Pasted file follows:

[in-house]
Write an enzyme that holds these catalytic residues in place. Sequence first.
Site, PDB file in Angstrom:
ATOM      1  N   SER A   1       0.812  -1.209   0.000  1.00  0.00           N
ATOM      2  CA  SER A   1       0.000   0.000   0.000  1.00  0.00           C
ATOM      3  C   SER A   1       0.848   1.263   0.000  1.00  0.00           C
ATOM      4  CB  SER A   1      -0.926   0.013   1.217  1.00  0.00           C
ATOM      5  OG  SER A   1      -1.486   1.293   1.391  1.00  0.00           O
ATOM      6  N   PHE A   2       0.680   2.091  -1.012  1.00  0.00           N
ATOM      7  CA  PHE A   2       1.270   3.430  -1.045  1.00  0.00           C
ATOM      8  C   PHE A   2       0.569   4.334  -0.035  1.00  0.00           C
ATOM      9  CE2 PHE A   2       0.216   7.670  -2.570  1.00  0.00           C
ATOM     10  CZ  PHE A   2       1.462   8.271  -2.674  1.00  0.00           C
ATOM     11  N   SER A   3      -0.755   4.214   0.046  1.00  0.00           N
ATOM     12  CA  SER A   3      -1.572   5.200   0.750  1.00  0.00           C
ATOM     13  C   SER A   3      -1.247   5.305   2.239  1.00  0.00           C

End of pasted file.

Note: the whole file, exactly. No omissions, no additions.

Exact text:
[in-house]
Write an enzyme that holds these catalytic residues in place. Sequence first.
Site, PDB file in Angstrom:
ATOM      1  N   SER A   1       0.812  -1.209   0.000  1.00  0.00           N
ATOM      2  CA  SER A   1       0.000   0.000   0.000  1.00  0.00           C
ATOM      3  C   SER A   1       0.848   1.263   0.000  1.00  0.00           C
ATOM      4  CB  SER A   1      -0.926   0.013   1.217  1.00  0.00           C
ATOM      5  OG  SER A   1      -1.486   1.293   1.391  1.00  0.00           O
ATOM      6  N   PHE A   2       0.680   2.091  -1.012  1.00  0.00           N
ATOM      7  CA  PHE A   2       1.270   3.430  -1.045  1.00  0.00           C
ATOM      8  C   PHE A   2       0.569   4.334  -0.035  1.00  0.00           C
ATOM      9  CE2 PHE A   2       0.216   7.670  -2.570  1.00  0.00           C
ATOM     10  CZ  PHE A   2       1.462   8.271  -2.674  1.00  0.00           C
ATOM     11  N   SER A   3      -0.755   4.214   0.046  1.00  0.00           N
ATOM     12  CA  SER A   3      -1.572   5.200   0.750  1.00  0.00           C
ATOM     13  C   SER A   3      -1.247   5.305   2.239  1.00  0.00           C